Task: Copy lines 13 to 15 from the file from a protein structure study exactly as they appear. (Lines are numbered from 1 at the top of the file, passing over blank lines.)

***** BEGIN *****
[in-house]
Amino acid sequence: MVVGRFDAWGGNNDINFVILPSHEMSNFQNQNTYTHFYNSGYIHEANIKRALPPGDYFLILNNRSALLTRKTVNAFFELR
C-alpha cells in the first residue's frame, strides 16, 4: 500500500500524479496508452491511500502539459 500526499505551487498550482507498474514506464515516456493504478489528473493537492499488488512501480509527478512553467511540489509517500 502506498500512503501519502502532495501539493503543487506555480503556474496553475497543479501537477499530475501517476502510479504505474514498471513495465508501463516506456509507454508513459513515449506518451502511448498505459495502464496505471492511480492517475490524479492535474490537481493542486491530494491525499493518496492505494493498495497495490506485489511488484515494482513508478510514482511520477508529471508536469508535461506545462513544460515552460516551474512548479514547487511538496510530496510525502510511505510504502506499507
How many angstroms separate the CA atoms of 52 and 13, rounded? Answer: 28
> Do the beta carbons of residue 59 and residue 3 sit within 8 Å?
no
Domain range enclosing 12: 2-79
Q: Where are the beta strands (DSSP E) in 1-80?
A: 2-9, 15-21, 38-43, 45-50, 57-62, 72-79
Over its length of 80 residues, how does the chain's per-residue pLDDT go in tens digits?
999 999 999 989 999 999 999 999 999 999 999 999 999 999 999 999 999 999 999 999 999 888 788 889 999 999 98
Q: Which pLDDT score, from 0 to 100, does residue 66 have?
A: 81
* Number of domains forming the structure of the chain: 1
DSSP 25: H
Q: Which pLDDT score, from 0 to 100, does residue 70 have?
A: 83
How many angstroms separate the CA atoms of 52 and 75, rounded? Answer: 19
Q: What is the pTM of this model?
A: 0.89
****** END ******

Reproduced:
A: 81
* Number of domains forming the structure of the chain: 1
DSSP 25: H